Another reason? I think it's because we largely don't see children suffering or dying from these illnesses that we vaccinate against. People who lived during times when polio was a known affliction in the US probably had a different opinion about vaccinating against polio.

 An interesting thing happened early in the fall of 2009. H1N1, otherwise known as the "swine flu" made an outbreak. It affected a large number of people but the pediatric population, particularly late elementary through early high school, had some very serious complications. Several children nationally required mechanical ventilation (a breathing machine) to save their life. Several children died.

There is a vaccine for H1N1. In fact, it's been included in the regular flu vaccine this year and last year. However, in 2009, distribution came a few months after the outbreak. The interesting part? It was scarce because so many people wanted it for themselves and their children. They didn't want them to die from the swine flu. Most people don't see children ill or dying of the diseases we routinely vaccinate against. The immediacy of the experience is lost.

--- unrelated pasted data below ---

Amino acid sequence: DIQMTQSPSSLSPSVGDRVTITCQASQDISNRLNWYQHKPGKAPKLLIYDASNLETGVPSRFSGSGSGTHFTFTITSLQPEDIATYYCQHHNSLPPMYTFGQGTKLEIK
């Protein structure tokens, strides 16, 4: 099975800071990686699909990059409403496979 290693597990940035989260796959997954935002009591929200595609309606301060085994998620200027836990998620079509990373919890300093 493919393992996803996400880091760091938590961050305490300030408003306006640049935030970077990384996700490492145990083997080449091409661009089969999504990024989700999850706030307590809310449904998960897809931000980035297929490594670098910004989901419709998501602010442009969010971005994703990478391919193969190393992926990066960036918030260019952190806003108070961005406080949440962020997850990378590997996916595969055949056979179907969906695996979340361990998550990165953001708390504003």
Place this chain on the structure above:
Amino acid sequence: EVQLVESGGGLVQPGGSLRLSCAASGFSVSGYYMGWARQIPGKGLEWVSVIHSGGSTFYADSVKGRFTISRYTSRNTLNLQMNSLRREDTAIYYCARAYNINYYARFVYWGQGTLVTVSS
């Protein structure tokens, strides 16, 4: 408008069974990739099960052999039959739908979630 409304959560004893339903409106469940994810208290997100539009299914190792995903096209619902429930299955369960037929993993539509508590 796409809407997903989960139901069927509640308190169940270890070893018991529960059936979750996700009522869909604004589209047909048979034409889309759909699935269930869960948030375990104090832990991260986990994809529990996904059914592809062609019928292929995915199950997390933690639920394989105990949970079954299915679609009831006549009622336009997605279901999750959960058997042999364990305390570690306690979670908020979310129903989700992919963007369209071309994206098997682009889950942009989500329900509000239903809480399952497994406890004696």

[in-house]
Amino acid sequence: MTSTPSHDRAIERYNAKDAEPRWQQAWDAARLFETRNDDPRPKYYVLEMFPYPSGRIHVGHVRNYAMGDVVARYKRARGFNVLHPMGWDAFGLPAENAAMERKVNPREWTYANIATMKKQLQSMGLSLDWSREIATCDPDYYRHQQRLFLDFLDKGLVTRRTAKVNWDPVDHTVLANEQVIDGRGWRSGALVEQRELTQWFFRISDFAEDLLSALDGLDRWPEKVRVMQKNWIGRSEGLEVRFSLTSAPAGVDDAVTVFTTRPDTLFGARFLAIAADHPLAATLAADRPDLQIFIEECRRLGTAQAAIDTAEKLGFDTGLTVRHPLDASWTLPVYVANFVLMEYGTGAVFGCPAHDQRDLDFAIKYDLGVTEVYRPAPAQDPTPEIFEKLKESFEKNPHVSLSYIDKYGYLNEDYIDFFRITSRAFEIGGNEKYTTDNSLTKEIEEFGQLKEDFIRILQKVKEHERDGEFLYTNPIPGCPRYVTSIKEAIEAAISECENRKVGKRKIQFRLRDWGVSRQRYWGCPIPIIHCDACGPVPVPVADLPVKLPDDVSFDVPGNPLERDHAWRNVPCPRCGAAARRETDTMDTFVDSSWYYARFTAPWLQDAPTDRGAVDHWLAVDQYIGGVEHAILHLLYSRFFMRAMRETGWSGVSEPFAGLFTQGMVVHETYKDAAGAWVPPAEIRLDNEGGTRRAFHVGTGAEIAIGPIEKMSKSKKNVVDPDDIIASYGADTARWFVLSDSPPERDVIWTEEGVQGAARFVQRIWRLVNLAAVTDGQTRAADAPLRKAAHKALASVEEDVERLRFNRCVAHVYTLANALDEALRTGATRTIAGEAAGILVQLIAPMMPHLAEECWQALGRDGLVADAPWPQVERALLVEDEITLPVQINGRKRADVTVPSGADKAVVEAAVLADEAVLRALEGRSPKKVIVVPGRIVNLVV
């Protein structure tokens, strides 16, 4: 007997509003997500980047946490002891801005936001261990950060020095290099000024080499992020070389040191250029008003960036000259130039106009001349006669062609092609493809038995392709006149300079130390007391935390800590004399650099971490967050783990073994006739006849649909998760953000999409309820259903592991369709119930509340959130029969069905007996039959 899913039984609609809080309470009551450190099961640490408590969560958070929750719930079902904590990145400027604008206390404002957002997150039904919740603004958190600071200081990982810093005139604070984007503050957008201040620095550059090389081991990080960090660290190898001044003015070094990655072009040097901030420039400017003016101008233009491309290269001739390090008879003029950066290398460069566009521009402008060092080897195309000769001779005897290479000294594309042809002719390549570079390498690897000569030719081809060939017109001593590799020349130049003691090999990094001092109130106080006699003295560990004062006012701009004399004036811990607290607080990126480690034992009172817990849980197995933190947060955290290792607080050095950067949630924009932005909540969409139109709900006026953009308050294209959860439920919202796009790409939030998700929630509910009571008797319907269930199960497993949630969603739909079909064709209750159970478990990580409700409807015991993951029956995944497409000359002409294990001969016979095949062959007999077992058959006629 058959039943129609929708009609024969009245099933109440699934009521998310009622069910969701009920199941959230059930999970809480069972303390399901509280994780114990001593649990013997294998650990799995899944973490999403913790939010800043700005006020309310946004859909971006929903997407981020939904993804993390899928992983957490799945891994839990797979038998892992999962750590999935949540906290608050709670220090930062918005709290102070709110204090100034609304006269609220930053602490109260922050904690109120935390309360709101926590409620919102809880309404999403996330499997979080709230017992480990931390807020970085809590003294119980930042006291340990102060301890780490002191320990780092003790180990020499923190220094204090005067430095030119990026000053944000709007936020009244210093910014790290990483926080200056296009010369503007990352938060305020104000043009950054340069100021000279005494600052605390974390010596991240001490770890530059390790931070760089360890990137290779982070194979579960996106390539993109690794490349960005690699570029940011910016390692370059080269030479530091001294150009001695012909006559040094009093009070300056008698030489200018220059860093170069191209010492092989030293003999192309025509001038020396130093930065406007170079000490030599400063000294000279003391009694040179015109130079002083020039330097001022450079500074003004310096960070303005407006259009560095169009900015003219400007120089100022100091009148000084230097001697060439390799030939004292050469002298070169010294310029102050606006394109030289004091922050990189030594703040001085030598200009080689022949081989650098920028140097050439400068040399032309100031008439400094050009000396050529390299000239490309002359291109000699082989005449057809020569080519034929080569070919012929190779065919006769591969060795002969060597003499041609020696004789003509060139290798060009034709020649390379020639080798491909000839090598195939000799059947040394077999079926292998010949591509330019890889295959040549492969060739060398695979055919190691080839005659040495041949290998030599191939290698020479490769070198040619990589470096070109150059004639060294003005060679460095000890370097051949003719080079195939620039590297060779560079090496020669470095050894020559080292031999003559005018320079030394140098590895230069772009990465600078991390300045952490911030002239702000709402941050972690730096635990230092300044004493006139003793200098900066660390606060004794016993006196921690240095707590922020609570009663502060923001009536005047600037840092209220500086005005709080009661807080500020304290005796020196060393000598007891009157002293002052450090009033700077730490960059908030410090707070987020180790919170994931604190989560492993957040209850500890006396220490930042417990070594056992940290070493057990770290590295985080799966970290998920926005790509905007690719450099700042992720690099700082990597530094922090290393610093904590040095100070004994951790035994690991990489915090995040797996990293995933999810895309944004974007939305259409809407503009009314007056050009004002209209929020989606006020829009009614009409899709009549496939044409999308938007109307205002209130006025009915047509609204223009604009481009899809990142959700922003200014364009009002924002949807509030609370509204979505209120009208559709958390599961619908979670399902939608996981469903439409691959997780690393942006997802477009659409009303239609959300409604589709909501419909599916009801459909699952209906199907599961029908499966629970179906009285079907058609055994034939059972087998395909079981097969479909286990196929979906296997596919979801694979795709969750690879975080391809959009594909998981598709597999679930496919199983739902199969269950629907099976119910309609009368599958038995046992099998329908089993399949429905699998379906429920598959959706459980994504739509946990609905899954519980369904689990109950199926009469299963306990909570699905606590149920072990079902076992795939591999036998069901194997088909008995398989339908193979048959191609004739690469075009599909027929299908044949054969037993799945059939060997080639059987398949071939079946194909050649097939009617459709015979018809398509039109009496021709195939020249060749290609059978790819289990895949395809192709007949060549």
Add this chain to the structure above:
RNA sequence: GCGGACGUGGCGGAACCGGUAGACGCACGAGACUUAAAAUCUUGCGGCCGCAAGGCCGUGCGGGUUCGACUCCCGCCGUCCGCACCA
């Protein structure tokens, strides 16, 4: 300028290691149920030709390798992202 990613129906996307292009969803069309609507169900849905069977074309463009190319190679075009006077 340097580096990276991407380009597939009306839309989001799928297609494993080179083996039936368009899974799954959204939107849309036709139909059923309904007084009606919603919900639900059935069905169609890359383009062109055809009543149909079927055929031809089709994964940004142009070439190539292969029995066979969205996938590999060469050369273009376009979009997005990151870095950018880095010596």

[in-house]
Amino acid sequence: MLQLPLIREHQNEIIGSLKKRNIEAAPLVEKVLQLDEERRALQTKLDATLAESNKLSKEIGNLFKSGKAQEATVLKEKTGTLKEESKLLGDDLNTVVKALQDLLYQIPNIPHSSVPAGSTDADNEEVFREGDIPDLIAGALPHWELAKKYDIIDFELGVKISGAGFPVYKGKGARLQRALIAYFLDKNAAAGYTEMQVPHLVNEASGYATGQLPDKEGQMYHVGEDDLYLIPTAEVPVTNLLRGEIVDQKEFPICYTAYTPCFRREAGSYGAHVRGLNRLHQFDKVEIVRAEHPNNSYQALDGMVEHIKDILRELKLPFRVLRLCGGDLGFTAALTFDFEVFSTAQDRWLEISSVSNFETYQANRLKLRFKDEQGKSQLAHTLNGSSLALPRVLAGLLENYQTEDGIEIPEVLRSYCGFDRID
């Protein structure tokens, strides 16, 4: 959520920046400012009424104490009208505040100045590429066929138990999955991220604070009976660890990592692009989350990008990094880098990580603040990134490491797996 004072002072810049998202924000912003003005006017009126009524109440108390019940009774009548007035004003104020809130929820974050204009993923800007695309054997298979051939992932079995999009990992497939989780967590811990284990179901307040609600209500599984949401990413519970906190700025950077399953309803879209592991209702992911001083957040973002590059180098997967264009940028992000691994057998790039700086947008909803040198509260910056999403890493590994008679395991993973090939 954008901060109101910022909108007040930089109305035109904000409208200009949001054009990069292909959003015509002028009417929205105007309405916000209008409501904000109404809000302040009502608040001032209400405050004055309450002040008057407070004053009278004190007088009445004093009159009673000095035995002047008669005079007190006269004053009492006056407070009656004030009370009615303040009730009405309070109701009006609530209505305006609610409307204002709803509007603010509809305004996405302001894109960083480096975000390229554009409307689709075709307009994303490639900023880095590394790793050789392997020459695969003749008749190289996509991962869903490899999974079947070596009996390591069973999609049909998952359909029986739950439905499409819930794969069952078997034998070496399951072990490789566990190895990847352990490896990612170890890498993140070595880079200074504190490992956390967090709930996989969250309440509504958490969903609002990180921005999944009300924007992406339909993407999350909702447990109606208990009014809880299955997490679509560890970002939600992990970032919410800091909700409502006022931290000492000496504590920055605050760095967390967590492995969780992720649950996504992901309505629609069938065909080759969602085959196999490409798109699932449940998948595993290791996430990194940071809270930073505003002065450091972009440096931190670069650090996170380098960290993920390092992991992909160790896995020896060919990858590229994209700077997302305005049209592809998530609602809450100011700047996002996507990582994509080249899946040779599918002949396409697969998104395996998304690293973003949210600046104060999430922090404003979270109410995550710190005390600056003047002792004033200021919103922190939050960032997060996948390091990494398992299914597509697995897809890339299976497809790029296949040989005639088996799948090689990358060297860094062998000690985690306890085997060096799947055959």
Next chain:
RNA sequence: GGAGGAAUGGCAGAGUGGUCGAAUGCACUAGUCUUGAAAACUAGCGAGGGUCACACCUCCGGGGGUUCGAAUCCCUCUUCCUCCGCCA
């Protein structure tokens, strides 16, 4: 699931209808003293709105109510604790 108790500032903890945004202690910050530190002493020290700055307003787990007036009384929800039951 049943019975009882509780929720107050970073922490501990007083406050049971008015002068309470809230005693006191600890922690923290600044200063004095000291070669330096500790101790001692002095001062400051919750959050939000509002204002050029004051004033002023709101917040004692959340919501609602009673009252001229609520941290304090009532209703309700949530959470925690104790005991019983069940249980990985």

If you have chosen not to immunize, I hope you've taken the time to research the diseases and their complications. Choosing not to immunize is a risk as well. How does this play out in fiction?

Let's say a 6 month old child presents to the ED with high fever and a rash and has never been immunized. Now, we as the ER staff have to worry about all those diseases the child is not protected against. This may set the child up for additional lab tests and procedures. Parents aren't generally happy when we explain why we have to add these other tests. This is an excellent way to add conflict.

What are your thoughts about immunizations? I'm happy to post any dissenting, well-articulated opinion in the comments section. No derogatory remarks please. I know this issue has a lot of passion on both sides.

Wednesday, November 30, 2011

Pediatric Controversies: Immunizations 2/3

How many of you have heard the name Dr. Andrew Wakefield? His uber-small, sample study that linked childhood vaccines to autism was retracted by the British Medical Journal. Why is this important? This study fueled the fire for many people choosing not to immunize. But really, what harm is it not to immunize your child against common childhood diseases? You can read about this retraction and the impact it has by following this link: